Clean energy – hydro, solar, biomass and wind – is abundant in the Hindu Kush Himalaya. With rising temperatures set to make farming – which provides one fifth of the region’s GDP – harder than ever, it’s crucial the sector embrace renewables’ potential to transform yields, food security, and to transition away from polluting energy sources. ICIMOD and partners are working across the region to turbocharge this important shift.


Agriculture in South Asia is highly susceptible to climate change and its variability.

The IPCC has projected 0.88–3.16 °C rise in temperature by 2050 in South Asia.

  • This long-term change in temperature and precipitation patterns will worsen impacting agriculture in the long run.
  • Given that 80% of the population in the Hindu Kush Himalaya (HKH) region depend on agriculture for livelihood, they will face the brunt of the impacts of climate change.
  • Communities in the mountains are already seeing falls in crop diversity, productivity, and food security.
  • ICIMOD’s landmark scientific assessments provide evidence on the scale of the region’s vulnerability to these risks.



The agriculture sector relies heavily on intensive energy.

  • Agriculture contributes 18% of the total GDP in the South Asian economy.
  • While farming’s energy consumption is minimal (less than 4% of the region’s total consumption), up to 90% of that use is through fossil fuels.
  • There is already a huge focus on building the resilience of farming to sustain lives and livelihoods in the region as temperatures continue to rise.
  • It’s crucial this work harnesses the extraordinary potential of renewables — found in abundance in the Hindu Kush Himalaya in the form of hydropower, solar, biomass, and wind — and supports farmers to transition away from fossil fuel use.
  • Renewables could hugely lighten farmers’ load.



The estimated combined renewables potential of the HKH is about 3,500 GW.



The productive use of renewable energy (PURE) is the badge for global efforts to support income, productivity, and livelihoods through access to sustainable and affordable energy services.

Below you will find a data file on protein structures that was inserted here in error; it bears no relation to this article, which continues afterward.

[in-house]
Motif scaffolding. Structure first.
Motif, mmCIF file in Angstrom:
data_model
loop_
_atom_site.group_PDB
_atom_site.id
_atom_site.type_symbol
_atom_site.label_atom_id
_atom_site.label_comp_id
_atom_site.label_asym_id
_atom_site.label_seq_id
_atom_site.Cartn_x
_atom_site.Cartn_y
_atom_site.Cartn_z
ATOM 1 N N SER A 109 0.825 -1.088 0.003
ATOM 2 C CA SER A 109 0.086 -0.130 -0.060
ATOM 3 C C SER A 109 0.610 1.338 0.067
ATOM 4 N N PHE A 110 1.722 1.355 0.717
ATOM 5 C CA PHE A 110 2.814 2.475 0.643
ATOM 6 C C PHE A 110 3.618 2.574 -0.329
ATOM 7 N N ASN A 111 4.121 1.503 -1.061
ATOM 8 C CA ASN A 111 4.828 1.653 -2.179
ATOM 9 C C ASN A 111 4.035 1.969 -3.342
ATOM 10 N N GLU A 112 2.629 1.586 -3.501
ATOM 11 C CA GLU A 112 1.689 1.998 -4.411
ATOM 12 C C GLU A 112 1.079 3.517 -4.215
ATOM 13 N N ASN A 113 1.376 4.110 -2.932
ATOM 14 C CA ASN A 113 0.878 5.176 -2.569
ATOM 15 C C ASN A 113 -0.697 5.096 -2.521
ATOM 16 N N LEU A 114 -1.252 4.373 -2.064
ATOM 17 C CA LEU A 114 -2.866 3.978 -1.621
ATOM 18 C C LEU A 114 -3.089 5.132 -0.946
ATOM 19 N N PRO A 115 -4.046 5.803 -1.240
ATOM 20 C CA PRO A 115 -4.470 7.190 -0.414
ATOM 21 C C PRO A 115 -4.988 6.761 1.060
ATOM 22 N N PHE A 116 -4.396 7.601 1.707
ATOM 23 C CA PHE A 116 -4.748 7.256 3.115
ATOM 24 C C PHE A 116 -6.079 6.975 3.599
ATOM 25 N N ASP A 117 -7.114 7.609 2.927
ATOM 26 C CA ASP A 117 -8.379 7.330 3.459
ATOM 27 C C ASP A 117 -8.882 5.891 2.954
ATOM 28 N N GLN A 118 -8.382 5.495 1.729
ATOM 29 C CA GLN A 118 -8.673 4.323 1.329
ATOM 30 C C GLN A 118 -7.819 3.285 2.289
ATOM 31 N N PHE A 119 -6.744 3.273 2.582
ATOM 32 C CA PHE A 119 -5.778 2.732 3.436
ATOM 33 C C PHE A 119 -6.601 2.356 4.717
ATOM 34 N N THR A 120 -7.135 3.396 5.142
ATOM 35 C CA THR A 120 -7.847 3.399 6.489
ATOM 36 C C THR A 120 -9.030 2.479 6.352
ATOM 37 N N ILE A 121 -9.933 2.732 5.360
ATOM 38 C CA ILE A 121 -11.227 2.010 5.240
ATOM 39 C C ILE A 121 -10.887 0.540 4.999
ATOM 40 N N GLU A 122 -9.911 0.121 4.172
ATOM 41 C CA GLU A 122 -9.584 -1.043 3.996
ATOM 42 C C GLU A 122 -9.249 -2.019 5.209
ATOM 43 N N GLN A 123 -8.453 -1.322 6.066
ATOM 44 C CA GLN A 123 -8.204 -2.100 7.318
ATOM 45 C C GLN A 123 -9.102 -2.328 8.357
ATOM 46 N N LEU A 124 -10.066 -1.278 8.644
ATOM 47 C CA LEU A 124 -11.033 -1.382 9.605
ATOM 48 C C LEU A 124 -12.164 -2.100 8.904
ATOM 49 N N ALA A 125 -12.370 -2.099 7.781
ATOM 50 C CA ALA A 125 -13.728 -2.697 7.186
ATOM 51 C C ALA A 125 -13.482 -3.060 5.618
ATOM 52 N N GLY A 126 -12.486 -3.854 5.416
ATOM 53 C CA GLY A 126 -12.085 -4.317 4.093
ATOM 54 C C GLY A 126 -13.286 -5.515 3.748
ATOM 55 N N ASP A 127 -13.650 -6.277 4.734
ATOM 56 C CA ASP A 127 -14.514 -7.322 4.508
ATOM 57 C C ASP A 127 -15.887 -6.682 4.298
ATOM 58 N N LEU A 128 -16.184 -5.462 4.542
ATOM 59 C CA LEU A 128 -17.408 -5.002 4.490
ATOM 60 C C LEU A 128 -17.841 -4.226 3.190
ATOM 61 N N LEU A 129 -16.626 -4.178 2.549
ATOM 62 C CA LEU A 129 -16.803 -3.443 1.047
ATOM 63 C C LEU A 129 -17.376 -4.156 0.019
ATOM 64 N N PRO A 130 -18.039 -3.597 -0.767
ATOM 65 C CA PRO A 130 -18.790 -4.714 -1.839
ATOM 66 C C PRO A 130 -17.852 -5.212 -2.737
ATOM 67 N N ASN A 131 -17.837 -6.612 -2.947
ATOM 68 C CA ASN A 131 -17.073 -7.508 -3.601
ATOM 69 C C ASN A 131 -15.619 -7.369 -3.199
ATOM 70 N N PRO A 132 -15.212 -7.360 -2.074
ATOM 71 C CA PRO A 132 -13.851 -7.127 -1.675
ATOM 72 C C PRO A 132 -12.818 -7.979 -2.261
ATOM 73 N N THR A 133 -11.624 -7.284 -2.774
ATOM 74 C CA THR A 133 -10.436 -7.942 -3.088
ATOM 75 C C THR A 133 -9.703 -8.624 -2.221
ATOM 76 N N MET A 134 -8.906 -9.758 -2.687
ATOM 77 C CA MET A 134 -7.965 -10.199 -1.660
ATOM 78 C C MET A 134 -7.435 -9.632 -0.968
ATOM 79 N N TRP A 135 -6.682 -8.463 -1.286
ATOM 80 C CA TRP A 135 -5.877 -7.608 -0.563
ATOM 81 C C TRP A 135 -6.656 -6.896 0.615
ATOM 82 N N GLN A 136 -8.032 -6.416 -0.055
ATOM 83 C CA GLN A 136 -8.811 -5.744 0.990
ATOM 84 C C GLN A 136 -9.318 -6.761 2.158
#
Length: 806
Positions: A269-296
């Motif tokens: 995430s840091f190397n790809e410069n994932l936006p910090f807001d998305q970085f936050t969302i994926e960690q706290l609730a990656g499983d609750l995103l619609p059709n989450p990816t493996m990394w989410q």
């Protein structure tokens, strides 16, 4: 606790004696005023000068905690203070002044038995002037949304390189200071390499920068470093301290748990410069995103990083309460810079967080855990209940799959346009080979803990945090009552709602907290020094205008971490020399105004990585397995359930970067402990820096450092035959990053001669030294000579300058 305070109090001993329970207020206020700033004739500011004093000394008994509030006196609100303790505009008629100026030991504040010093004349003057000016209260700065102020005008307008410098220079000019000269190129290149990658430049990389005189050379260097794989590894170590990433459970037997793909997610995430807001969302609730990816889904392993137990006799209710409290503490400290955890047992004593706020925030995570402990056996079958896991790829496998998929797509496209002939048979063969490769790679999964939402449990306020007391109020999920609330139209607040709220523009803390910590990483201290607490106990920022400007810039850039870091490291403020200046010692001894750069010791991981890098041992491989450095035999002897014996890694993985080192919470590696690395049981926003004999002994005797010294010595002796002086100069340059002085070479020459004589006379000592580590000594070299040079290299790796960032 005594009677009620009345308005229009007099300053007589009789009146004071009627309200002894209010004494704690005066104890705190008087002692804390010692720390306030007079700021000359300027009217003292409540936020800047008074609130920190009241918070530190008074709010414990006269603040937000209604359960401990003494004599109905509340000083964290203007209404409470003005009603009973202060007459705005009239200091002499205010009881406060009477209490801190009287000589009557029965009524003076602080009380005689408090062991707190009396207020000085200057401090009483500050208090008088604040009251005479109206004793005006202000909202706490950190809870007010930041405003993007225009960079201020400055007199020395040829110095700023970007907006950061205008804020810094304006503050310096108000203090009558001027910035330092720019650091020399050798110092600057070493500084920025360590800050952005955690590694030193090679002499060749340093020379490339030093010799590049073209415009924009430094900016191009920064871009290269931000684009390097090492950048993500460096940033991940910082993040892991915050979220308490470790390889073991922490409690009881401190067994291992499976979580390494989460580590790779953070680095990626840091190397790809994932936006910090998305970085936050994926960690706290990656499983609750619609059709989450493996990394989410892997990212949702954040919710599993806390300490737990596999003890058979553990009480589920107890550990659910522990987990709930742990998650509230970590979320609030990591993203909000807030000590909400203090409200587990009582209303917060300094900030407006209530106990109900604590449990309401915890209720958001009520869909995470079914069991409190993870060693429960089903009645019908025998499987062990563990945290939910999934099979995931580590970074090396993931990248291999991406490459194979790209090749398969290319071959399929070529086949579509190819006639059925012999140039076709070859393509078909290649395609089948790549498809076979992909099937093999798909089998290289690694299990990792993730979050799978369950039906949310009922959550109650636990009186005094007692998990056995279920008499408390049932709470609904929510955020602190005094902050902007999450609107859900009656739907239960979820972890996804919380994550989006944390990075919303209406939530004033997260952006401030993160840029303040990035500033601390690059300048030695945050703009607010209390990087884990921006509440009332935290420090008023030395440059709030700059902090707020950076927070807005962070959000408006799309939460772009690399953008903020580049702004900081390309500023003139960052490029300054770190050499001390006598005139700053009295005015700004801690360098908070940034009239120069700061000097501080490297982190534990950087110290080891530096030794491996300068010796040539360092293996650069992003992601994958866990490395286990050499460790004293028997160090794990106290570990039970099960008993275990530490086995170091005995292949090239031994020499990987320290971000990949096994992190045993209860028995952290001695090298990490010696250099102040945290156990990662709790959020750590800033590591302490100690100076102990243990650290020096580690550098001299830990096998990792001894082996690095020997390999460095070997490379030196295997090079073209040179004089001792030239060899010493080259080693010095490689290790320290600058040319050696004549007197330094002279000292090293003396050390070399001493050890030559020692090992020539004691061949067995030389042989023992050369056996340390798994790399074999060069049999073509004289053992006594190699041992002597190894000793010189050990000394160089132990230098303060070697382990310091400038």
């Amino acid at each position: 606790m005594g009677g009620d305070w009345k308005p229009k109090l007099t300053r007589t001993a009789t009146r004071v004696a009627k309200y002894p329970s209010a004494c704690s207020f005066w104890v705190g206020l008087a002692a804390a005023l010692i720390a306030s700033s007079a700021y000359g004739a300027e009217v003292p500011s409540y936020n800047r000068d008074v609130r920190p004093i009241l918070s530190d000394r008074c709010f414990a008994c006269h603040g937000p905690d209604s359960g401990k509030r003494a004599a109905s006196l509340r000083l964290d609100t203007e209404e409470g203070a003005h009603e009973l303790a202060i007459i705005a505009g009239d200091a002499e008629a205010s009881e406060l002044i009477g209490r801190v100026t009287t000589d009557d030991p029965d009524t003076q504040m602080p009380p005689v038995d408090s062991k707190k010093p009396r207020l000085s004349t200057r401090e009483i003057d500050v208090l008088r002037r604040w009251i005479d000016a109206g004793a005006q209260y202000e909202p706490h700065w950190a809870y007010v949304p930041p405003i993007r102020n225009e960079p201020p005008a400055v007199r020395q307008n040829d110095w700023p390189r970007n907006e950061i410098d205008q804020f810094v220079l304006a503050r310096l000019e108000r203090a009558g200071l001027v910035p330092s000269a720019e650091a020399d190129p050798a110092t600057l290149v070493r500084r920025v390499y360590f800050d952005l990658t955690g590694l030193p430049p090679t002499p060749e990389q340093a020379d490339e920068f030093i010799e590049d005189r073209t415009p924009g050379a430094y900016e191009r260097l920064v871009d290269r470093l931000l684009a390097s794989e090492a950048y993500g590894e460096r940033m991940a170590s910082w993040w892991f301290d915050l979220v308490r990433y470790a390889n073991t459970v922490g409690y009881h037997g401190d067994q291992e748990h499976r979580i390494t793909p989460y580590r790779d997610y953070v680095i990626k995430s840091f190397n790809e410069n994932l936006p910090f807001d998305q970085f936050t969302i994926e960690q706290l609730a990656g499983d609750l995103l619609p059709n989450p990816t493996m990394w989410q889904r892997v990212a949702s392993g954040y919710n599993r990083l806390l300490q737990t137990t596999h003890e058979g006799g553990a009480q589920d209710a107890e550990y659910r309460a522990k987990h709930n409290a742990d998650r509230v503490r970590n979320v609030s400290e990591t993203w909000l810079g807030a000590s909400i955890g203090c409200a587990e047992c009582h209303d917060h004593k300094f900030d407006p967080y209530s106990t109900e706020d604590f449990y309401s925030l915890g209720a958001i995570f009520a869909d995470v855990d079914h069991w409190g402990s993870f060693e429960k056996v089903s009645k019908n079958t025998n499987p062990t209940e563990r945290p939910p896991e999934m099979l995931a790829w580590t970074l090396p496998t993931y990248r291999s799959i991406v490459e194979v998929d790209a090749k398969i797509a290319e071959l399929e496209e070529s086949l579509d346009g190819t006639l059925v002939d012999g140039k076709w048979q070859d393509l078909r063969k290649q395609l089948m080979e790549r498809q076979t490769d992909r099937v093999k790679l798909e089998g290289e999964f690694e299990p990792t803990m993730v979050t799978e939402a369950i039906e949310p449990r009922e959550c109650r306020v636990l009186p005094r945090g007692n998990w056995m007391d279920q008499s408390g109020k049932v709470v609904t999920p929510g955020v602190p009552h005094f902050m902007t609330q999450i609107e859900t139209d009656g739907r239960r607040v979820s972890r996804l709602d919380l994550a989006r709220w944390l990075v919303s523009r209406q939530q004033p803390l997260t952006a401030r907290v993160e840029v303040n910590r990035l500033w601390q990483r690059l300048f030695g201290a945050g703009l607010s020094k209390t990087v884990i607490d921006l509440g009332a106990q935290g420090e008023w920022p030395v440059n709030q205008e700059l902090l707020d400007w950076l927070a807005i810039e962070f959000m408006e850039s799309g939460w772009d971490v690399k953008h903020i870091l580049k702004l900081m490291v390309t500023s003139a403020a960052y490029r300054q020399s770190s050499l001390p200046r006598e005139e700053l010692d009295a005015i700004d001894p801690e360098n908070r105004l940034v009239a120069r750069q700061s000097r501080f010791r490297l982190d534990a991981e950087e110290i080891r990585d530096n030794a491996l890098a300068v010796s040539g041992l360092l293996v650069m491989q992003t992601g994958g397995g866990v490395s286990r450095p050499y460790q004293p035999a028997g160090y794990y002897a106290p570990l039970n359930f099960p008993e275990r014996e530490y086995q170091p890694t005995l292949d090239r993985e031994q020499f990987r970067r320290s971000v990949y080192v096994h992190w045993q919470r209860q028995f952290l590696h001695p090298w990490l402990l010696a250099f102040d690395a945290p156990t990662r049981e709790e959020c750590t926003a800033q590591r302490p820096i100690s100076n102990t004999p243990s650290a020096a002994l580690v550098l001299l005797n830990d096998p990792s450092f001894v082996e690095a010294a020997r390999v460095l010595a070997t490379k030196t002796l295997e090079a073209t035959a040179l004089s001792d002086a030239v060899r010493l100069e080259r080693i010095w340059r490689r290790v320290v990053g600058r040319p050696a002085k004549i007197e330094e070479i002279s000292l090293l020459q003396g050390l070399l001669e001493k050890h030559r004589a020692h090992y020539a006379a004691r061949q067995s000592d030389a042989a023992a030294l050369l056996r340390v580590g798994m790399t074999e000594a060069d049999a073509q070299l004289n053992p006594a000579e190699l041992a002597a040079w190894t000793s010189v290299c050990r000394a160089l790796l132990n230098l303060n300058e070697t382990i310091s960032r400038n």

• Examples of PURE systems include:
    • pump systems for irrigation to provide access to ground and surface water during dry seasons, boosting food production.
    • cold storage systems can extend food shelf life and reduce farm losses by 30 to 40%. In the absence of adequate cold storage, globally around 14% of food produced is lost between the post-harvest and retails stages of the value chain.
  • Agri-milling, processing, and other machinery can increase crop yield and efficiency.



The PURE Platform 1 and 2 on Assessing irrigation sites powered with micro-hydro and Potential RE demand for irrigation in Nepal are innovative digital platforms specifically designed to revolutionise renewable energy demand planning for irrigation in Nepal, especially in the mountain regions, developed by the ICIMOD and AEPC.



Renewable energy has the power to make farming fit for the future

Accelerating investment in renewable energy is essential to unlock its full potential
to drive agricultural productivity and advance sustainable development in the Hindu Kush Himalaya.

Identifying market opportunities for RE integration in the agriculture sector
by bridging knowledge and data gaps.

Understanding the context to tailor customized solutions for the mountains and hills
to scale the productive use of renewable energy.

Prioritizing the integration of renewable energy in agriculture-related policies
to mitigate and adapt to climate change impacts on food security and livelihood.

Scaling of productive use of renewable energy through 4 pathways
capability (raising awareness and capacity building), regional cooperation (knowledge exchange among RMCs), investments, and policy.

Energy week 2024: Renewable energy for agriculture

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Stories from the field


Handbook for on-grid rooftop solar PV design optimization

This handbook explains the design optimisation process for on-grid rooftop solar photovoltaic (PV) systems. It sheds light on the fundamentals of solar PV systems and presents detailed examples and scenarios to illustrate the optimal design of such a system. The handbook takes a practical approach to system design, focusing on the customer’s needs and aspirations. This handbook specifically focuses on solar PV grid-connected systems with rooftop installation. It does not include ground-mounted installation practices, storage-type solar PV systems and other solar PV applications such as off-grid solar PV, solar water pumping, or solar mini-grids. Similarly, it does not include solar on-grid PV with battery inverter(s) or diesel generator(s) synchronization. The handbook incorporates inputs from industry practitioners and the experience of the authors.

Training of trainers manual on technical handbook on solar water pumps

In South Asia, solar water pumping systems (SWPS) are an emerging curiosity among farmers who are looking for better alternatives in reliable energy to pump water. A well-designed SWPS is a reliable source of energy for water pumping for farmers throughout the year. This handbook is aimed at renewable energy practitioners, academicians, government officials, students, and technical resource persons to develop must-know knowledge about SWPS. The handbook walks you through the technical background, important concepts, survey, design, installation, and operation, as well as maintenance of SWPS, and covers the full spectrum of its technical aspect.

Renewable energy in Nepal: Key findings and policy recommendations